Coffee Could Help Prevent Cognitive Decline

Alzheimer’s, dementia, and other cognitive diseases could become less of a risk for coffee lovers

Studies suggest that coffee could help protect your memory and cognitive function over time.

Is coffee good for you or not? The evidence keeps getting more and more complicated, and the more information we get, the more muddled the answer becomes.

Sometimes, we learn that coffee prevents disease. Sometimes, we learn it could increase risk of cancer, osteoporosis, and even our mortality. And now, we’re learning it could help protect our brains.

If you’re worried about losing your memory or your cognitive capacity as you get older, this could be great news.

New evidence shows that the blood-pressure raising, sleep-disturbing substance could help to prevent brain degeneration over time. As a result, the drink could help prevent diseases such as Alzheimer’s and dementia.

In a study published in Clinical Nutrition, a Chinese research team investigated the effects of one to two cups of coffee per day on the risk of later experiencing a cognitive disorder. The researchers pooled data from over 34,000 research participants and compiled the results, revealing a J-shaped curve of the relationship between cups of coffee and mental decline.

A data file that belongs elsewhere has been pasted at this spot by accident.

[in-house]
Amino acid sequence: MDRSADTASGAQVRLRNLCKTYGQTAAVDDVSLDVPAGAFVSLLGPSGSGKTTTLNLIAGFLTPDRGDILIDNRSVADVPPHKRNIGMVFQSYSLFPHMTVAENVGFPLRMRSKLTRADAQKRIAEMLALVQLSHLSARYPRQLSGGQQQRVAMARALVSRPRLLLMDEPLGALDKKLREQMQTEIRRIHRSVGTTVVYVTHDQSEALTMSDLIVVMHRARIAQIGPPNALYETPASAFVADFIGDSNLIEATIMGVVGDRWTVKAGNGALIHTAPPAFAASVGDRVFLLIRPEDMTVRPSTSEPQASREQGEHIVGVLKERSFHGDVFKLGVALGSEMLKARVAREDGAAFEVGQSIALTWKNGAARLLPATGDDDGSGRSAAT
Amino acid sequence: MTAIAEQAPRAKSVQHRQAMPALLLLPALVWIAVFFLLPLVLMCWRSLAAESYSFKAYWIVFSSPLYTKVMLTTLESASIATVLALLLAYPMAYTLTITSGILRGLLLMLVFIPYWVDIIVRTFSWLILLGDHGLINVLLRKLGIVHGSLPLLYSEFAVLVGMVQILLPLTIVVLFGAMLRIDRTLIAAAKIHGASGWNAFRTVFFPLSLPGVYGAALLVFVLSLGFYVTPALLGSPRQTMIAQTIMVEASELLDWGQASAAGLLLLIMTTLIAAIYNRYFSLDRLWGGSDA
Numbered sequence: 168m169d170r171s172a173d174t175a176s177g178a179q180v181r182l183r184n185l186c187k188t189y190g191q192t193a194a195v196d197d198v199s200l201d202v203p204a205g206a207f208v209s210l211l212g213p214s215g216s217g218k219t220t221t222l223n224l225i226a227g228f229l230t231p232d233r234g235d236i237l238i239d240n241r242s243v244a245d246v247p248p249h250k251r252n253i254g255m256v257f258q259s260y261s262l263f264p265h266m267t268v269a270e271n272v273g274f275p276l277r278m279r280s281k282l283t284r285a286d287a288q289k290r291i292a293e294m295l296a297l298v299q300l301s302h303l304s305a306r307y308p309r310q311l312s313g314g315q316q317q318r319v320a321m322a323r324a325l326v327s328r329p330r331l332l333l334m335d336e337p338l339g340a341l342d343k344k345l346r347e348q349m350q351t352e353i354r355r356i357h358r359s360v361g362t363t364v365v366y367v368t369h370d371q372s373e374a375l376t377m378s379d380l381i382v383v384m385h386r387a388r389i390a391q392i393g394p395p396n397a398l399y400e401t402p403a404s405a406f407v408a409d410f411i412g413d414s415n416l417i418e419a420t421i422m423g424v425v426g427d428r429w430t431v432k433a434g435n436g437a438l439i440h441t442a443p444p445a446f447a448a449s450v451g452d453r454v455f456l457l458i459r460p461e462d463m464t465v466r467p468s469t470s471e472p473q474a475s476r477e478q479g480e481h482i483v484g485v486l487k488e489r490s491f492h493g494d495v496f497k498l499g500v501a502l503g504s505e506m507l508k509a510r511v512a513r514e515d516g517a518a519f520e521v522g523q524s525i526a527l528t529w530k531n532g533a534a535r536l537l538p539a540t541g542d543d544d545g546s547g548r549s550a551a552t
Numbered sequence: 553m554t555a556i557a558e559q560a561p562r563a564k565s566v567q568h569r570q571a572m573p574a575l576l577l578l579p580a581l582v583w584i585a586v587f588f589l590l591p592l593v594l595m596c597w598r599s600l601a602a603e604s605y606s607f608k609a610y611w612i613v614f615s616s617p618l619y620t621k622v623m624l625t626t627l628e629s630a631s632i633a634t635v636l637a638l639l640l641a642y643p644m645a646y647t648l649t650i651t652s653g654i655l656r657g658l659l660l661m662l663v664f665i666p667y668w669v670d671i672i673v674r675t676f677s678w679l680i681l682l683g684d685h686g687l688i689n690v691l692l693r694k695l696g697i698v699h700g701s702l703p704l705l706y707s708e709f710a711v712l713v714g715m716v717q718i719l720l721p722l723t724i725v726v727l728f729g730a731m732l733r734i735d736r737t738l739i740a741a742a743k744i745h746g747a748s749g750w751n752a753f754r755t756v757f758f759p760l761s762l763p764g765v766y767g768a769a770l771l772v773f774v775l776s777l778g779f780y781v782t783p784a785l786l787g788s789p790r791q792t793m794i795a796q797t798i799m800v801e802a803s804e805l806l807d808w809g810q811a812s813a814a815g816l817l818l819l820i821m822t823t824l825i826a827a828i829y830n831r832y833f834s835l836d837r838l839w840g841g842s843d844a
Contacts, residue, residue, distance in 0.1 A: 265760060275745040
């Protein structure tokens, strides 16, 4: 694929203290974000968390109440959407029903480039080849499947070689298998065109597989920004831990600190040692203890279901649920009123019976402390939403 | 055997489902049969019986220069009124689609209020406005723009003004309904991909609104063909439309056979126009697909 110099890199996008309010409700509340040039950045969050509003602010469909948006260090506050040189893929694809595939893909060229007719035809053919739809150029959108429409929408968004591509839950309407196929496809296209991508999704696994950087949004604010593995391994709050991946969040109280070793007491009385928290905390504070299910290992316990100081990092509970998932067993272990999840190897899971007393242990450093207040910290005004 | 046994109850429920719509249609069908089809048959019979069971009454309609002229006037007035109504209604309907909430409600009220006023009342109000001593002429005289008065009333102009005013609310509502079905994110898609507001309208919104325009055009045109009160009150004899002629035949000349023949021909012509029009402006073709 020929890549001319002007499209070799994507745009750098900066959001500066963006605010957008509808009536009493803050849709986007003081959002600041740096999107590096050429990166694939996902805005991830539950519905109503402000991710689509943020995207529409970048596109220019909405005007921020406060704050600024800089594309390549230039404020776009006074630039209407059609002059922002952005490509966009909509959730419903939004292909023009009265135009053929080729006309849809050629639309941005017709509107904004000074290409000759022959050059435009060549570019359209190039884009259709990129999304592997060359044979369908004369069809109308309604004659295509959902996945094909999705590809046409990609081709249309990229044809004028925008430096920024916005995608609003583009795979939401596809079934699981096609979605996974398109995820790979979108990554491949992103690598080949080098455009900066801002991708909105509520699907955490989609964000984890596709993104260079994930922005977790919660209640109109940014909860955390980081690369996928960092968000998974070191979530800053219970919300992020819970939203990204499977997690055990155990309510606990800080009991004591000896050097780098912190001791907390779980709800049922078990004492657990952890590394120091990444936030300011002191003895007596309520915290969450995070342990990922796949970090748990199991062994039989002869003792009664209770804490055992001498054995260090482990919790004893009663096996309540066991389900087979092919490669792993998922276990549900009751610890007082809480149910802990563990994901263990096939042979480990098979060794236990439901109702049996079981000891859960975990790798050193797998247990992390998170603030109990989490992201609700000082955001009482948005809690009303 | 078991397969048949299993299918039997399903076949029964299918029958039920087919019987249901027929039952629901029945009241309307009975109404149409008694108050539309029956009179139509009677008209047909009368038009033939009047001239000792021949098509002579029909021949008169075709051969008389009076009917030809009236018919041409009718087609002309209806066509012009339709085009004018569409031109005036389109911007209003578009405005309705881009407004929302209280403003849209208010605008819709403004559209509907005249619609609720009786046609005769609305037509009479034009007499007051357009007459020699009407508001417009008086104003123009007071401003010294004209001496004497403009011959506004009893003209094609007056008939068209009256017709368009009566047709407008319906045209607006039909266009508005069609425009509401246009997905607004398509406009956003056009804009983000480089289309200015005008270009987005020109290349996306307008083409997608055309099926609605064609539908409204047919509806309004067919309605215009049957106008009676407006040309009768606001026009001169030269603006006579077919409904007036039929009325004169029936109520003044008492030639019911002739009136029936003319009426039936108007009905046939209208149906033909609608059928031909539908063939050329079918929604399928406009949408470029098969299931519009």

In other words, drinking small amounts of coffee — one to two cups per day — was associated with a lower risk of cognitive decline. However, drinking more than that did not decrease risk at all.

Studies conducted in the past have also suggested similar findings, though the amount of coffee required to produce an effect is not unanimously agreed upon. Some indicate that coffee in general acts as a protective factor against Alzheimer’s. Others have insisted that at least three cups every day are required to make a noticeable difference in Alzheimer’s protection.

So how many cups should you drink?

If you want additional protection against your brain’s breakdown as you age, you might want to keep sipping. However, these researchers are hesitant to draw any definitive conclusions. “Further prospective long-term randomized controlled trials are still demanded to firmly establish the observed relation,” they relayed.


There’s no evidence so far that drinking coffee hurts your brain, though — so in terms of Alzheimer’s prevention, drinking it couldn’t hurt.